At this point it won't surprise you that this bill requires that a person accused of “prenatal murder” will have their license immediately suspended “until resolution of the matter,” and that, upon conviction, that person would “be punished as provided in subsection (d) of Code Section 16-5-1,” that is, “death or imprisonment for life.”
Okay, so this legislation is proposed, but will it pass? It's hard to know. I'd guess it won't, but these things are never a certainty and certainly bear watching.
Republicans planning to run for office are asked to take pro-life pledges. For example, several 2012 Republican Presidential Candidates have signed the Pro-Life Citizen's Pledge created by the controversially-named Susan B. Anthony (SBA) List. Signers of that particular pledge agree to, among other things, “advance and sign into law a Pain-Capable Unborn Child Protection Act to protect unborn children who are capable of feeling pain from abortion.”
Because of this trend toward swearing allegiance not only to the flag but to a series of partisan pledges, many of the statements I and many others find objectionable in this legislation are ones I don't think you'll find many Republican leaders willing to stand up and oppose. Doing so is, in effect, political suicide since signing onto this kind of agenda is pretty much a litmus test issue for Republican Party loyalty. And, given that, when pieces of legislation like this are proposed, they are often treated with surprising reverence since Republican “leaders” feel obliged to carry through on their pledges.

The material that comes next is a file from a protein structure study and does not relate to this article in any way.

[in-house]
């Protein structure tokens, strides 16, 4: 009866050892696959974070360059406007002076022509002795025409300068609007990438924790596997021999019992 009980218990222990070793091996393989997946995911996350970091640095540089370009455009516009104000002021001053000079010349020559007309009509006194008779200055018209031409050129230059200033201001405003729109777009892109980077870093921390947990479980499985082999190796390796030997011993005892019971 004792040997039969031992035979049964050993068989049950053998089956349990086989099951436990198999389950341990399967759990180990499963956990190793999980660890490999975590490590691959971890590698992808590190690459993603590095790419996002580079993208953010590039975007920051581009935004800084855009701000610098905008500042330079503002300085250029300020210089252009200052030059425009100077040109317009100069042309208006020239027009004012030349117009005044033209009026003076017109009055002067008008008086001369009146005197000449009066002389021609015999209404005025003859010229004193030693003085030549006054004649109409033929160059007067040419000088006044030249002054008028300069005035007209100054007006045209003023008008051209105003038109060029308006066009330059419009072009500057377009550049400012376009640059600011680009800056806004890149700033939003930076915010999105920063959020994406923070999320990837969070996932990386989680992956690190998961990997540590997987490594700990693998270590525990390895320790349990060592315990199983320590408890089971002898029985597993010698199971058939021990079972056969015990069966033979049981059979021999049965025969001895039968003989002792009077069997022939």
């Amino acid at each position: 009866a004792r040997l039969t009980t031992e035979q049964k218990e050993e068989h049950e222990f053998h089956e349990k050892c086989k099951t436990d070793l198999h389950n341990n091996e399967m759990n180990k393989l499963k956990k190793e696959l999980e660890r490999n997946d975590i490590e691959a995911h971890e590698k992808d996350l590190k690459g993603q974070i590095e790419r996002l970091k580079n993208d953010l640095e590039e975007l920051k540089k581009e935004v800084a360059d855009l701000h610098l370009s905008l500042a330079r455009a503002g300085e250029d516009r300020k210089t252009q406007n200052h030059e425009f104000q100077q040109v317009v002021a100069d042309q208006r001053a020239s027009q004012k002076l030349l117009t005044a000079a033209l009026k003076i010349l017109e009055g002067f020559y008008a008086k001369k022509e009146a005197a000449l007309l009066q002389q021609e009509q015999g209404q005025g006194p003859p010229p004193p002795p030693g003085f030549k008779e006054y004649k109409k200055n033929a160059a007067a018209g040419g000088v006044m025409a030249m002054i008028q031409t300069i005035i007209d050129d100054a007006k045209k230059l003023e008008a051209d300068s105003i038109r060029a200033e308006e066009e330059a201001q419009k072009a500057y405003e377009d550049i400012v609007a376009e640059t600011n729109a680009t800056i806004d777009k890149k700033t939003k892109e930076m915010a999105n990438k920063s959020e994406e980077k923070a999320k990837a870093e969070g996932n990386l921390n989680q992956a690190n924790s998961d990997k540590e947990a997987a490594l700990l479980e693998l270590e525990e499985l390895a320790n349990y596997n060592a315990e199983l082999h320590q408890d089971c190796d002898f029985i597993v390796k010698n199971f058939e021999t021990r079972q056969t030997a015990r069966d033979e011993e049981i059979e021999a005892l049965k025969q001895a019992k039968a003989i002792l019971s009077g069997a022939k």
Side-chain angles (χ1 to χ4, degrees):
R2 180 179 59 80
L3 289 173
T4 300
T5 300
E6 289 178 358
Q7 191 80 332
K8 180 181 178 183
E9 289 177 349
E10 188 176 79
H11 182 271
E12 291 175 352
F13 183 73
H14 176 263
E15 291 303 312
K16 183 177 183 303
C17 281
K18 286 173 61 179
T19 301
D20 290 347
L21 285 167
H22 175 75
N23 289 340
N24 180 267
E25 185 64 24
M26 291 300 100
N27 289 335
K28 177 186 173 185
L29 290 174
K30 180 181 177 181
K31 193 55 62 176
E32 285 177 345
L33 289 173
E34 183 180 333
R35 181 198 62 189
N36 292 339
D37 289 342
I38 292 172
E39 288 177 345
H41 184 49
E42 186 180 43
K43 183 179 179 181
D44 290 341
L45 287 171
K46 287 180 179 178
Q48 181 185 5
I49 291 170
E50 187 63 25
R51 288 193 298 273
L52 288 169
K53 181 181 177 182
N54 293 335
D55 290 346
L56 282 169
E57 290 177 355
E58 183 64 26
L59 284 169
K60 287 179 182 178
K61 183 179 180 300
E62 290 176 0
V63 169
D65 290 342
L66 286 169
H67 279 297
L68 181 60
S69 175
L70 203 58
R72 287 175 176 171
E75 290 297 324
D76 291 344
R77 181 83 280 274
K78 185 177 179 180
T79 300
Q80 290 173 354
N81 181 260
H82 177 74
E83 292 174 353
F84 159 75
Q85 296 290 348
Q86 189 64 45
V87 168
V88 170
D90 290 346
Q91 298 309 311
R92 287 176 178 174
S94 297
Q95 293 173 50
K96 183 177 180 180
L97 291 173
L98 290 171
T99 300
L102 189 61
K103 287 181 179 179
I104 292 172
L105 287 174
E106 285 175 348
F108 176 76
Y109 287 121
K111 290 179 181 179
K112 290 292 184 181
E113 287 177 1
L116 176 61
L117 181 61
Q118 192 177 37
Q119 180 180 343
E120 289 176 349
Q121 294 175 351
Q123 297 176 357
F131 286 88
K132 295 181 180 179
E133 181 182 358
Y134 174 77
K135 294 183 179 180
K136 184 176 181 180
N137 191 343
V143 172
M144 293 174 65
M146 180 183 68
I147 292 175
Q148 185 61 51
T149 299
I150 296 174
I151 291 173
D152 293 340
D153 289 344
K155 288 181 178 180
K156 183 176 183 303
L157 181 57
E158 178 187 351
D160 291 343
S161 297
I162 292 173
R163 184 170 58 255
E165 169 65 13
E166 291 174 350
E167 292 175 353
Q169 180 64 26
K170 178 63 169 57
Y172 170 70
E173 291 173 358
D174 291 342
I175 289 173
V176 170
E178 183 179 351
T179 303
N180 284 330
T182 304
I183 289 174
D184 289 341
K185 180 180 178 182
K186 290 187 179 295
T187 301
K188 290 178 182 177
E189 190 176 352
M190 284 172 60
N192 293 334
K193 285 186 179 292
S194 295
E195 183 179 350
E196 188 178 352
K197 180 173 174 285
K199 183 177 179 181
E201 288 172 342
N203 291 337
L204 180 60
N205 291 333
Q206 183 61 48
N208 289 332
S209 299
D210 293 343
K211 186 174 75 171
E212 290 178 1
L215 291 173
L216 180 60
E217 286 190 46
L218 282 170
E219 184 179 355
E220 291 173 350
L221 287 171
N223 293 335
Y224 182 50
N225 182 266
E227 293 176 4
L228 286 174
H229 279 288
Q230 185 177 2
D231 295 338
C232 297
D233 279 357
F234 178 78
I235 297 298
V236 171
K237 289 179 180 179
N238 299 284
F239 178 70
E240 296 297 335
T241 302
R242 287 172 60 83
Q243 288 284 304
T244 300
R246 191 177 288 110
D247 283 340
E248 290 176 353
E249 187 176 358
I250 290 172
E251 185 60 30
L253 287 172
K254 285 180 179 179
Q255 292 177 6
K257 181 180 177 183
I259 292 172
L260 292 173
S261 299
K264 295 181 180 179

And beyond that, even just the presence of extreme legislation like this in the field of discussion gives cover for other legislation that is still extreme, yet perhaps not as extreme. Suddenly the less extreme legislation may be referred to as “moderate” and the entire discussion becomes distorted.
Ever-Changing Fields of Battle
This whole issue is back in the news recently as an article in Think Progress recently reports on prosecutions brought in Alabama under the state's “chemical endangerment” law against women who miscarried and had previously used drugs, even where there was no evidence the drug use caused the miscarriage.
Fetal homicide laws exist in 38 of 50 states. They were were originally introduced to protect pregnant women from abuse, but in a number of those states the emerging practice has been for pro-life prosecutors to use such laws against women who have suffered the loss of a pregnancy, asking them to prove that the loss was not a fetal homicide. The National Conference of State Legislatures maintains summaries of those laws and related case law.